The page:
– Evidence of research
– Originality of arguments
– Writing style and grammar

(iii) No Appeals
The decision of the Jury is final. No appeals will be entertained.

(iv) Announcement of Results
Results of the competition will be announced on the ESCL website by 31st January. All participants who submitted essays will be informed via email.

(v) Feedback
Unfortunately, it is not possible to provide individual feedback for each of the essays submitted. Instead, the ECSL will release an model answer (in outline) to participating students after the results are announced.

5. Prizes

Essay competition winners shall be presented with their awards during the ECSL Practitioners’ Forum in the same year the results are announced.

First Prize: Reasonable costs of transport and accommodation to attend the ECSL Practionners’ Forum. The winning essay will be published on the ECSL website.

Second Prize: 2nd Place Certificate, ECSL membership for one year (free admission to the Practitioners’ Forum), special mention at the Forum and in the ECSL Newsletter & a selected publication on space law.

Third Prize: 3rd Place Certificate, ECSL membership for one year (free admission to the Practitioners’ Forum), special mention at the Forum and in the ECSL Newsletter & a selected publication on space law.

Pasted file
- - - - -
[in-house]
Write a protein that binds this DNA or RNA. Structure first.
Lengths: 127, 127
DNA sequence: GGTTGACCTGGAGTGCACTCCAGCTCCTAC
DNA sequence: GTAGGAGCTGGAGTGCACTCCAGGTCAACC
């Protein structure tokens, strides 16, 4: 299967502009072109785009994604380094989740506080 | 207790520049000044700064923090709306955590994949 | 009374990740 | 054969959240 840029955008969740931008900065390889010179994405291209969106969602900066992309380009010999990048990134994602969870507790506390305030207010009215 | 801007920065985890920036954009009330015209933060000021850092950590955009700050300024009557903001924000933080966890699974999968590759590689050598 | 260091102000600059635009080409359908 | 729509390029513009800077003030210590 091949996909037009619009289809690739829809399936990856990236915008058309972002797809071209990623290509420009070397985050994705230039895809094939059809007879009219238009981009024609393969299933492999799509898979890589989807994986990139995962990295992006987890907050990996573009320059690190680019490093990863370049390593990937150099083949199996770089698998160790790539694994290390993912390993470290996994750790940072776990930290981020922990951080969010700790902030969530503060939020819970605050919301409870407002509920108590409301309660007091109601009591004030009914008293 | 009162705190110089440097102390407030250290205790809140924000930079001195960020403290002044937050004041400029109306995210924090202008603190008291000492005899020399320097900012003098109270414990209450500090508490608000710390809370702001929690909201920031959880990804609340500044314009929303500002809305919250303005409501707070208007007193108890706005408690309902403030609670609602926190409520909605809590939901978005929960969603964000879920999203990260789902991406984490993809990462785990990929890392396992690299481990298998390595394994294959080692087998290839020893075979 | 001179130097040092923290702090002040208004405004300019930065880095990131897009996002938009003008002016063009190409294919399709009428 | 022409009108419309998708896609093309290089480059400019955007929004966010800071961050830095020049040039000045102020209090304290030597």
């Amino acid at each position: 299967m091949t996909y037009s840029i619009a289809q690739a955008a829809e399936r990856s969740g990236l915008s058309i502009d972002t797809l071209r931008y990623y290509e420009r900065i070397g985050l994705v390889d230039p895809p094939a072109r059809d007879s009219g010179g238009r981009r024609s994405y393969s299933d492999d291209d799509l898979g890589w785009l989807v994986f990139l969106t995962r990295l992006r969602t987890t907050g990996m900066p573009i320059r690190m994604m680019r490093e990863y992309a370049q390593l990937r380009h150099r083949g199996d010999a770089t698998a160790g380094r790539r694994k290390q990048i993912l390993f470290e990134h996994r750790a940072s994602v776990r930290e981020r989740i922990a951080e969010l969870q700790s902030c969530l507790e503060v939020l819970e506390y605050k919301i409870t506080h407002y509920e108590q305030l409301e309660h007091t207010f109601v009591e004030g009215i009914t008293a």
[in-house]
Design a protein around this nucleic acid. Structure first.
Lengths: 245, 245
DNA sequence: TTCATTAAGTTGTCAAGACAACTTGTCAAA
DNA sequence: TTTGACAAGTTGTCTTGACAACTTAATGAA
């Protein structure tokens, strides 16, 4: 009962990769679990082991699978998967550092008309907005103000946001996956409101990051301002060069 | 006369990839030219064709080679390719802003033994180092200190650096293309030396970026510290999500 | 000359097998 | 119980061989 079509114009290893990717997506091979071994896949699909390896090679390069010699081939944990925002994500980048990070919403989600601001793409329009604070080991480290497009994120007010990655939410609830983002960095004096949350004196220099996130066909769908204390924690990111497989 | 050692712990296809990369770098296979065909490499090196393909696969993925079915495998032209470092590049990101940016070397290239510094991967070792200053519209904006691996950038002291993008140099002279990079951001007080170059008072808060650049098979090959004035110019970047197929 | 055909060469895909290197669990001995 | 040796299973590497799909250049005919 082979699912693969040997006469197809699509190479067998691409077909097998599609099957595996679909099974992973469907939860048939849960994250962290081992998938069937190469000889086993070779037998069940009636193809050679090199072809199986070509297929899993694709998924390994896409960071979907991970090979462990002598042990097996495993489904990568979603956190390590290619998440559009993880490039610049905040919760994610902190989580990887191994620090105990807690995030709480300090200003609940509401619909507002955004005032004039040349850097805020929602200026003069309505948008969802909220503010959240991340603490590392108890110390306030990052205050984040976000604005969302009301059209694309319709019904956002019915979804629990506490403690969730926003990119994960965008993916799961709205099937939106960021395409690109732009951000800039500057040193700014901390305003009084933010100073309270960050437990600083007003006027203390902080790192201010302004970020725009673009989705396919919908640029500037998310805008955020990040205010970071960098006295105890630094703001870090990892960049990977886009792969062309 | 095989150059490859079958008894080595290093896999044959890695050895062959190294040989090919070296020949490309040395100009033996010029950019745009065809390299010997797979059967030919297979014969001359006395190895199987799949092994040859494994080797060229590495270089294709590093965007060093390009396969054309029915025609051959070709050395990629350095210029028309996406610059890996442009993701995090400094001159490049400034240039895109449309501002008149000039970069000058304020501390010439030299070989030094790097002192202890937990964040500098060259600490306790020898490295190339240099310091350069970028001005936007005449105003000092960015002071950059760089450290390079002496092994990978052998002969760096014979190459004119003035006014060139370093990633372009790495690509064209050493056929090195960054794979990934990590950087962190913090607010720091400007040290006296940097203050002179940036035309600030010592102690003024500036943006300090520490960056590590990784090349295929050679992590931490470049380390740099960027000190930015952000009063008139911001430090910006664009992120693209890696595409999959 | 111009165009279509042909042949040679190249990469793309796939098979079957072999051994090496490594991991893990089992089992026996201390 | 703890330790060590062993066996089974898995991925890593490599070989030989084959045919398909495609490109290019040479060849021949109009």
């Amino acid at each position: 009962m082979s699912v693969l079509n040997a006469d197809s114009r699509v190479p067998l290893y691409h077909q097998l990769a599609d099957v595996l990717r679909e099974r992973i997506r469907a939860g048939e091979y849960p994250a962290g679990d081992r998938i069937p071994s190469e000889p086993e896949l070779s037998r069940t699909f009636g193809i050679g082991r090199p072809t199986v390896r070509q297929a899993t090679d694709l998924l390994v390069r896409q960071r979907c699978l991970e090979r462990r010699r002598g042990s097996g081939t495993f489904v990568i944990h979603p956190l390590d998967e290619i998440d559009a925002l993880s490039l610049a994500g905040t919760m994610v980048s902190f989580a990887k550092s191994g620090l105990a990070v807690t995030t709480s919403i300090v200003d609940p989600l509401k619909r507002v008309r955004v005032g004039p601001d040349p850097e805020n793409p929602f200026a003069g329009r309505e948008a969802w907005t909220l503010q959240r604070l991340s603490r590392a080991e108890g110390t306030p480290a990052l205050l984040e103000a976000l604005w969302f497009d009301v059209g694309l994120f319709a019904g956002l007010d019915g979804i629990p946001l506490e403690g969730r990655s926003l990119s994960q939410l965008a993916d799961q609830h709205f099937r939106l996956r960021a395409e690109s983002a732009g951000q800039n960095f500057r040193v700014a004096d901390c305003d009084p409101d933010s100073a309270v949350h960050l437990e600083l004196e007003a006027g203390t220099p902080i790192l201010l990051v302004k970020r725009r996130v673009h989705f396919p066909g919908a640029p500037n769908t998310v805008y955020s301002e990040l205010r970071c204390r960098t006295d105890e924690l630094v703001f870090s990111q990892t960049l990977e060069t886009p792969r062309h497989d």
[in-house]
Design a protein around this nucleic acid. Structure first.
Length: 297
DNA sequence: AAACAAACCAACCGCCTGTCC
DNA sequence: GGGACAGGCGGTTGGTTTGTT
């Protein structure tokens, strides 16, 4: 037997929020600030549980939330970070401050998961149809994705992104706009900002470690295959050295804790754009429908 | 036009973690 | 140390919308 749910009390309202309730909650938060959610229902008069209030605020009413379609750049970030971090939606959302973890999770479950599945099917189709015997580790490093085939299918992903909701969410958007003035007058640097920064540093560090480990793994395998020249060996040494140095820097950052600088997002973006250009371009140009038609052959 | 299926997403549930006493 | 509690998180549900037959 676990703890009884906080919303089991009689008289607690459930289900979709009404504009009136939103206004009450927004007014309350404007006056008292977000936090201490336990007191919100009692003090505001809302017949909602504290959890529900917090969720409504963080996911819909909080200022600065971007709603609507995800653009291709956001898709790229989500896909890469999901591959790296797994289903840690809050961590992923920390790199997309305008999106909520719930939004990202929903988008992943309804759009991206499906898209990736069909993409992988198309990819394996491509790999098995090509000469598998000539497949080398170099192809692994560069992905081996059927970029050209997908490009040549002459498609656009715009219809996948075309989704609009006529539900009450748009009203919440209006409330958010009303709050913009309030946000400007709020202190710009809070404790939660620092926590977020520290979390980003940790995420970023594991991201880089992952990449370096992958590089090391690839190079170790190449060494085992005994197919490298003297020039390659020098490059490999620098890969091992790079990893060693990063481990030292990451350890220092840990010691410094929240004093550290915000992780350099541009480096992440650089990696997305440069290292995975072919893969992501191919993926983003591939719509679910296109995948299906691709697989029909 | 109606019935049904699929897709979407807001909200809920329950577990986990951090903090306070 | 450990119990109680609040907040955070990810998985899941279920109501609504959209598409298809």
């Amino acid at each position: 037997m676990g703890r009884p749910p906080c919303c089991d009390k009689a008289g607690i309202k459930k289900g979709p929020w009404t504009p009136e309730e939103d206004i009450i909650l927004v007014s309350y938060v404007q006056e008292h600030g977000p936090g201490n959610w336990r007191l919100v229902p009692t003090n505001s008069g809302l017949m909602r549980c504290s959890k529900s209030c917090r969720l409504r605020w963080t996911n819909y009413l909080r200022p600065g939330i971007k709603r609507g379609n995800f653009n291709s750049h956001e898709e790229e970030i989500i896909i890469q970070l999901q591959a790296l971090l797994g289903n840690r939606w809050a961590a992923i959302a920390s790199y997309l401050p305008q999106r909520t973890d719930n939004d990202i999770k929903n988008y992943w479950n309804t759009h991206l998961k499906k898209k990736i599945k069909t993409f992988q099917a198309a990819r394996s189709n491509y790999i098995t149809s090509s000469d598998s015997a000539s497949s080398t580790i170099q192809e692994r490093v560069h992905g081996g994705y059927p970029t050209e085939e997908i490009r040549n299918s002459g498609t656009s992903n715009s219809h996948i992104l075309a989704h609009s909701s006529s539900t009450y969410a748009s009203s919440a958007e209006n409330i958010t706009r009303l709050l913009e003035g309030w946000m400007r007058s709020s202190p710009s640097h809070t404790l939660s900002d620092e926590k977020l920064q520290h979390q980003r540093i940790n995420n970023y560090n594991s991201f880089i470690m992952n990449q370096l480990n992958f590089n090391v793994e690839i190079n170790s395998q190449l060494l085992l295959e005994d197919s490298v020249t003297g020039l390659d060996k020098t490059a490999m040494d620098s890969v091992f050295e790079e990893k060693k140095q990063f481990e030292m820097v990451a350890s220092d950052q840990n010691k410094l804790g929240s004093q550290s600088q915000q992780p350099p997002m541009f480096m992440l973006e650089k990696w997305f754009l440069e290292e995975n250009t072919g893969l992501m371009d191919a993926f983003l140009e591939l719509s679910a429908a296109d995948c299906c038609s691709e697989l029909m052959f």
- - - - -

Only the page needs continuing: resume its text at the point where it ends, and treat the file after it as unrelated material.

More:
6. Further Terms and Conditions of Participation

The ECSL reserves the right to disqualify essays which do not comply with any of the rules above.

Participants accept all responsibility for late, lost, misdirected or illegible entries.

In consideration for the opportunity to enter the ECSL Essay Competition, participants agree to allow ECSL to use their names and essays on the ECSL website.

By entering, participants agree to be bound by these rules and the decisions of the judges and ECSL.

7. Enquiries

For further information, please contact the ECSL Executive Secretary at ecsl@esa.int

Library: A Round-up of Reading

Space Law
David C. DeFrieze, Defining and Regulating the Weaponization of Space, JFQ 74

Roscosmos suggests starting the creation of moon base elements and exploration robots – ITAR-TASS